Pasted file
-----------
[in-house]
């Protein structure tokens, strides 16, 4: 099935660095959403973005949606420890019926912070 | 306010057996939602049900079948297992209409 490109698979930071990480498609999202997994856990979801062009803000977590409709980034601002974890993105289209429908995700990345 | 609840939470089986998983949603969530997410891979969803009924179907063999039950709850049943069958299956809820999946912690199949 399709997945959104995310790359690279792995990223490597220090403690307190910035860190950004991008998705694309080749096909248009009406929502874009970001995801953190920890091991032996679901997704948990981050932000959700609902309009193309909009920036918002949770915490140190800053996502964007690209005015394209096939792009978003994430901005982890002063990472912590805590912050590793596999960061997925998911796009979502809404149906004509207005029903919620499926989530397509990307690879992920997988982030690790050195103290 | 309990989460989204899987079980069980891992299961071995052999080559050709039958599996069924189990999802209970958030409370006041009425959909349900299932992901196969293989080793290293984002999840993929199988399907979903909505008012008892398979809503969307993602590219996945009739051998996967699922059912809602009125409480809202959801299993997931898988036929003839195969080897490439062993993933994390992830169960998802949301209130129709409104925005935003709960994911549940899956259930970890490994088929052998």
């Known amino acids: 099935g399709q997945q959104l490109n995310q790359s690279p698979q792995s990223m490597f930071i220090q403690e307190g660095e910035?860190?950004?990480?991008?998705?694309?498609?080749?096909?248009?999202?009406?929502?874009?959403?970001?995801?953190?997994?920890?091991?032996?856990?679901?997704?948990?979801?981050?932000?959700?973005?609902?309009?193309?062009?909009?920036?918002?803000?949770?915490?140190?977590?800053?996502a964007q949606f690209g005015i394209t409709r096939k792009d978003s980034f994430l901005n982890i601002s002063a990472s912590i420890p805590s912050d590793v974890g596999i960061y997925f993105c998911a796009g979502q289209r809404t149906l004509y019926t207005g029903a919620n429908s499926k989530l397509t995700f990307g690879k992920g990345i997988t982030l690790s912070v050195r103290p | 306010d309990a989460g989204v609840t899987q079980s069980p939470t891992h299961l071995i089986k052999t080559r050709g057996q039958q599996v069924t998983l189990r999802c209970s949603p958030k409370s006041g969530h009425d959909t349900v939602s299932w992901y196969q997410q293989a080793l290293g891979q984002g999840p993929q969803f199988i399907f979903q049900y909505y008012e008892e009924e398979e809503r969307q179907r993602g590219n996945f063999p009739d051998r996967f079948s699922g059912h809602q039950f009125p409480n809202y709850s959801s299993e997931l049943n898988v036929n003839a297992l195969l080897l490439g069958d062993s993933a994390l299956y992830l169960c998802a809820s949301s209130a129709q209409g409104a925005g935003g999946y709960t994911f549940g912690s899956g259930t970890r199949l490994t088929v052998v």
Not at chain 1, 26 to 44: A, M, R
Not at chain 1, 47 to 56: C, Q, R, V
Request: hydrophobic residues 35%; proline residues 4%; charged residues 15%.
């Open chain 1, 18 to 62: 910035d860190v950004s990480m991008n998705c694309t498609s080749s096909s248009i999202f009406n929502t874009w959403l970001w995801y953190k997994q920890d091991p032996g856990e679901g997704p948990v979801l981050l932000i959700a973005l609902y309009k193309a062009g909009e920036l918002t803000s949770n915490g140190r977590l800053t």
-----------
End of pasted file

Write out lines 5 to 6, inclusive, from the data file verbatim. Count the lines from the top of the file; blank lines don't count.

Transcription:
Not at chain 1, 47 to 56: C, Q, R, V
Request: hydrophobic residues 35%; proline residues 4%; charged residues 15%.